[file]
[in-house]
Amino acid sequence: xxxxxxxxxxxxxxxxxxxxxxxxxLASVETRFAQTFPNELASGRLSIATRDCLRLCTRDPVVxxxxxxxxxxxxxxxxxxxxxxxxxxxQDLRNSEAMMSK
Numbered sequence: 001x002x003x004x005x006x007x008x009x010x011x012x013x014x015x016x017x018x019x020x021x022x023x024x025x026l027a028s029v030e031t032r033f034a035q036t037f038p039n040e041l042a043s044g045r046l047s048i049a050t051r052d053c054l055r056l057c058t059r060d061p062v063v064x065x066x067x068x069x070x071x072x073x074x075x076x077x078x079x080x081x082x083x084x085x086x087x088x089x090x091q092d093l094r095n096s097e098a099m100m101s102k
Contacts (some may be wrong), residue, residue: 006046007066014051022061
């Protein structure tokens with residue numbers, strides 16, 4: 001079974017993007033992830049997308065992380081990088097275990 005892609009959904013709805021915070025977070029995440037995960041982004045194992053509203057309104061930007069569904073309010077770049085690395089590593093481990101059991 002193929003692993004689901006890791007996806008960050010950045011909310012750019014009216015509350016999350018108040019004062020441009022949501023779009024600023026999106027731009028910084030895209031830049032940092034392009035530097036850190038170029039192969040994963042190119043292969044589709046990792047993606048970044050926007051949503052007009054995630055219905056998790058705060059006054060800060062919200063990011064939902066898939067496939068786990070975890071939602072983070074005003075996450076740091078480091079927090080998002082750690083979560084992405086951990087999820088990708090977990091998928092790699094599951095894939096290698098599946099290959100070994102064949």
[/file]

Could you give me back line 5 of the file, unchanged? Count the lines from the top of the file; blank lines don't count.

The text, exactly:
């Protein structure tokens with residue numbers, strides 16, 4: 001079974017993007033992830049997308065992380081990088097275990 005892609009959904013709805021915070025977070029995440037995960041982004045194992053509203057309104061930007069569904073309010077770049085690395089590593093481990101059991 002193929003692993004689901006890791007996806008960050010950045011909310012750019014009216015509350016999350018108040019004062020441009022949501023779009024600023026999106027731009028910084030895209031830049032940092034392009035530097036850190038170029039192969040994963042190119043292969044589709046990792047993606048970044050926007051949503052007009054995630055219905056998790058705060059006054060800060062919200063990011064939902066898939067496939068786990070975890071939602072983070074005003075996450076740091078480091079927090080998002082750690083979560084992405086951990087999820088990708090977990091998928092790699094599951095894939096290698098599946099290959100070994102064949």